Shahzad's account reveals that Osama bin Laden was a "figurehead" for public consumption, and that it was Dr. Ayman Zawahiri who formulated the organisation's ideological line or devised operational plans.
Shahzad summarises the Al-Qaeda strategy as being to "win the war against the West in Afghanistan" before shifting the struggle to Central Asia and Bangladesh. He credits Al-Qaeda and its militant allies in North and South Waziristan with having transformed the tribal areas of Pakistan into the main strategic base for the Taliban resistance to US-NATO forces.
But Shahzad's account makes it clear that the real objective of Al-Qaeda in strengthening the Taliban struggle against US-NATO forces in Afghanistan was to continue the US-NATO occupation as an indispensable condition for the success of Al-Qaeda's global strategy of polarising the Islamic world.
Shahzad writes that Al-Qaeda strategists believed its terrorist attacks on 9/11 would lead to a US invasion of Afghanistan which would in turn cause a worldwide "Muslim backlash". That "backlash" was particularly important to what emerges in Shahzad's account as the primary Al-Qaeda aim of stimulating revolts against regimes in Muslim countries.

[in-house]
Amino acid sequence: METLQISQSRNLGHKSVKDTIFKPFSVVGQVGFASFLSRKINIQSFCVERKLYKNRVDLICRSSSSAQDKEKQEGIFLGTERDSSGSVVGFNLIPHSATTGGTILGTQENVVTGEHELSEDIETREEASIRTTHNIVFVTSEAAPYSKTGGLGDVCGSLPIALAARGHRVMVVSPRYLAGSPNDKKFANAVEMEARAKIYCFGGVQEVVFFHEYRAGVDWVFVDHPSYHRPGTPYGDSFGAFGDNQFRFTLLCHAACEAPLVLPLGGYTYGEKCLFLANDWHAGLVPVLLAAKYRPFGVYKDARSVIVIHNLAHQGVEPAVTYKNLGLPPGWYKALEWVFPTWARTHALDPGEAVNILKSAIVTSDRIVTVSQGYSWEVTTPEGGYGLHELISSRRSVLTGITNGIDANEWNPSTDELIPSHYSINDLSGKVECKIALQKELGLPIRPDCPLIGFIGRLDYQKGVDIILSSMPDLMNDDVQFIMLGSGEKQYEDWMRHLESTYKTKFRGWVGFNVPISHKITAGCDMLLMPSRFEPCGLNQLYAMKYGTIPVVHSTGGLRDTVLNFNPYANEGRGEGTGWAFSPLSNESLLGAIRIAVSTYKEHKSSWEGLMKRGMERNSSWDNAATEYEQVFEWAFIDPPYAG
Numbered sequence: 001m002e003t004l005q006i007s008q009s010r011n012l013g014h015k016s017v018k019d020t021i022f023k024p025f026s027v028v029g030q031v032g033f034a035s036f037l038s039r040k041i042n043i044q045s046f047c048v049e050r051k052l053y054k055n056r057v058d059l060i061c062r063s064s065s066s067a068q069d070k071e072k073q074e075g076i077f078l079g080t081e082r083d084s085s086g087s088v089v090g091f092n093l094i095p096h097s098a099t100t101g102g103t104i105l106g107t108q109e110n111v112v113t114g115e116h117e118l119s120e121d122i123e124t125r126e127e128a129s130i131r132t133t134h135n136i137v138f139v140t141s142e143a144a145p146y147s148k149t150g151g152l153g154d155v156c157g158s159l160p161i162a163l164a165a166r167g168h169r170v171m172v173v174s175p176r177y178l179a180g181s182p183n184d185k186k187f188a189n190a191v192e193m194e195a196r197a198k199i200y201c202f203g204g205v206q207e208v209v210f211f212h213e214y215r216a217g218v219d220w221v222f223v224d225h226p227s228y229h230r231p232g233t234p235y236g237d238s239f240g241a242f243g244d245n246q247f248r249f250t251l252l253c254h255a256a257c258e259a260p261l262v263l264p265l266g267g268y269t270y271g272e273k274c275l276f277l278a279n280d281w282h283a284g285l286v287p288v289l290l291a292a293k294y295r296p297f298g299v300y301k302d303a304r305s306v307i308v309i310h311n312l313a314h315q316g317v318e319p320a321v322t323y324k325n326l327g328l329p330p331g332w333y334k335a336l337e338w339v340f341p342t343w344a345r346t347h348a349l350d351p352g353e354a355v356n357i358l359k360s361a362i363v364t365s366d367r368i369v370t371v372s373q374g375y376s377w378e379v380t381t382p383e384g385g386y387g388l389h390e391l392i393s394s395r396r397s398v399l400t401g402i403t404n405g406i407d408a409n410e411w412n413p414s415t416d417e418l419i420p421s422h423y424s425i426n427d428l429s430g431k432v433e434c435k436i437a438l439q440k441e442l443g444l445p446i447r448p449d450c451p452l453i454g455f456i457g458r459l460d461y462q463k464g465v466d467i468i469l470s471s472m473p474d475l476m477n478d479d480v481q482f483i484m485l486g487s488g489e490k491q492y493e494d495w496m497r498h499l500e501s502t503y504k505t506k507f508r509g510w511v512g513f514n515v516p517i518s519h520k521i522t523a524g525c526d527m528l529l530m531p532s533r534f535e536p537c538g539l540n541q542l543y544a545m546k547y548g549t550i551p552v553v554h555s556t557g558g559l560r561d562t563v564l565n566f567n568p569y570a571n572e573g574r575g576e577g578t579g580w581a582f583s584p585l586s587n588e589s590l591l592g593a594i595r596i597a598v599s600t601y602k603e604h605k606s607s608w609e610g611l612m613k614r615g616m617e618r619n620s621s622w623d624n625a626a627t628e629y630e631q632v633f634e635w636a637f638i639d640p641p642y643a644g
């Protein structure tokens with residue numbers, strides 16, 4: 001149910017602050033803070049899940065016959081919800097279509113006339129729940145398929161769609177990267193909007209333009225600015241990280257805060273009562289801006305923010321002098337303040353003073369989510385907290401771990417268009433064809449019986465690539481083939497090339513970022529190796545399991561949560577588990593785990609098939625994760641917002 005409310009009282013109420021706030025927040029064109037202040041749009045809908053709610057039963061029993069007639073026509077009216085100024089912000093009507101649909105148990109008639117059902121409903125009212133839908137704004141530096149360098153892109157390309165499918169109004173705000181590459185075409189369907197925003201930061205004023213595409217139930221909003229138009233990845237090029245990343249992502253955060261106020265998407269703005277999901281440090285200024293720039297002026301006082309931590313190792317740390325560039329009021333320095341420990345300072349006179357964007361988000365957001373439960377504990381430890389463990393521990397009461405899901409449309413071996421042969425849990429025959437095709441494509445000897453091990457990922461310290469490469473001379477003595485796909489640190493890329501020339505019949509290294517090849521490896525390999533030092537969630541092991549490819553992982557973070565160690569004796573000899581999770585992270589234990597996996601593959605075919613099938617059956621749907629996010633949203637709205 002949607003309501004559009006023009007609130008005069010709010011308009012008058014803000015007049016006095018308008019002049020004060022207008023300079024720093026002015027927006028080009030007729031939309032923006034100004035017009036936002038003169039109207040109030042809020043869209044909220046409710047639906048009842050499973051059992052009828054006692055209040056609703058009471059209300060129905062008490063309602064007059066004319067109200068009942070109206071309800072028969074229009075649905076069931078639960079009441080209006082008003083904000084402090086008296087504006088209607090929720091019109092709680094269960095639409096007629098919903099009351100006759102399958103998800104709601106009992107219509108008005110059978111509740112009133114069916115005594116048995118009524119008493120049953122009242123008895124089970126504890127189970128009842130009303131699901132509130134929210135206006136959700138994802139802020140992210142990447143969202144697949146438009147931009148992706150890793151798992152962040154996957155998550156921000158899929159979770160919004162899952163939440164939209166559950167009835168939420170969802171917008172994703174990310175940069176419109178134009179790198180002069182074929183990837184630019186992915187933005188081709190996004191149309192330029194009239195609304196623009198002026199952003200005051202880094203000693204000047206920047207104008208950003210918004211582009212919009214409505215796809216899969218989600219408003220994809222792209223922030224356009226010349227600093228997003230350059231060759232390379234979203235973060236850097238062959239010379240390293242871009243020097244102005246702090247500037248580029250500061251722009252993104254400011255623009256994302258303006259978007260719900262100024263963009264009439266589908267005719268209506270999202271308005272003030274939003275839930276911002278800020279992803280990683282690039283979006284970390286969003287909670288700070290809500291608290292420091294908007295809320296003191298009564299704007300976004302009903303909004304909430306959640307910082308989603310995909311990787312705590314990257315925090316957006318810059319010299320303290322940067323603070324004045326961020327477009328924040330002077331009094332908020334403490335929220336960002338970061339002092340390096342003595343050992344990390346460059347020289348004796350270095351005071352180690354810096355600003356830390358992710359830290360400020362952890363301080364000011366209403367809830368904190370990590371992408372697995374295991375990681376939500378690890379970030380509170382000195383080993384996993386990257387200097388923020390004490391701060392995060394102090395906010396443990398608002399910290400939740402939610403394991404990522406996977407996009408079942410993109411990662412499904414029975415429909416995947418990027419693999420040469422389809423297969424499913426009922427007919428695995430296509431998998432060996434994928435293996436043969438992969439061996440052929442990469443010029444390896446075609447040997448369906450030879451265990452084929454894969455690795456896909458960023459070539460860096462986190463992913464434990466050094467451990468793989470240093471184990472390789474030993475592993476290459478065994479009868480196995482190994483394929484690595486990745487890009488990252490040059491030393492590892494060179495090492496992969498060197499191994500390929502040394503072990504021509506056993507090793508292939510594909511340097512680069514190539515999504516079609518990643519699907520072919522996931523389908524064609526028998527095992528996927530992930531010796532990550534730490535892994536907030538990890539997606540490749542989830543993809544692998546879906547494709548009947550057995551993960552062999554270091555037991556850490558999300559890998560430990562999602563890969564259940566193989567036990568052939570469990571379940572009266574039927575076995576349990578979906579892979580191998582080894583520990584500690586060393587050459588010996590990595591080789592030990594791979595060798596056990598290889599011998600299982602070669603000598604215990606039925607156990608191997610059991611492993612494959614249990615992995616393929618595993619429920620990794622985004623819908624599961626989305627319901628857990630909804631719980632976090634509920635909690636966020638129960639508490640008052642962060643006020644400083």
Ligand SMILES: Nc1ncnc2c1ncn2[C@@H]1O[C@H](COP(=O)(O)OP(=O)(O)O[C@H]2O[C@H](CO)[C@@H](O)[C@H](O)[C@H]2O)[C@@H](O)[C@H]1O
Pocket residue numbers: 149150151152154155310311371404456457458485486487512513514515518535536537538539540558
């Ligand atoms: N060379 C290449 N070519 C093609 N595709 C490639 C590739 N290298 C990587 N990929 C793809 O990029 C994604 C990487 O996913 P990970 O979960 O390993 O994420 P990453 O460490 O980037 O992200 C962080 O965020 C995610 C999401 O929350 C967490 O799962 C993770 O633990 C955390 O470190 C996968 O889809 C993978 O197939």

Shahzad reveals that the strategy behind the 9/11 terrorist attacks and the large Al-Qaeda ambitions to reshape the Muslim world came from Zawahiri's "Egyptian camp" within Al-Qaeda. That group, under Zawahiri's leadership, had already settled on a strategic vision by the mid-1990s, according to Shahzad.
The Zawahiri group's strategy, according to Shahzad, was to "speak out against corrupt and despotic Muslim governments and make them targets to destroy their image in the eyes of the common people". But they would do so by linking those regimes to the United States.
Here's an Indian analyst MK Bhadrakumar on the CIA penetration and military mutiny in Pakistan:
...The NYT report today is unprecedented. The report quotes US officials not less than 7 times, which is extraordinary, including “an American military official involved with Pakistan for many years”; “a senior American official”, etc. The dispatch is cleverly drafted to convey the impression that a number of Pakistanis have been spoken to, but reading between the lines, conceivably, these could also probably have been indirect attribution by the American sources. A careful reading, in fact, suggests that the dispatch is almost entirely based on deep briefing by some top US intelligence official with great access to records relating to the most highly sensitive US interactions with the Pak army leadership and who was briefing on the basis of instructions from the highest level of the US intelligence apparatus.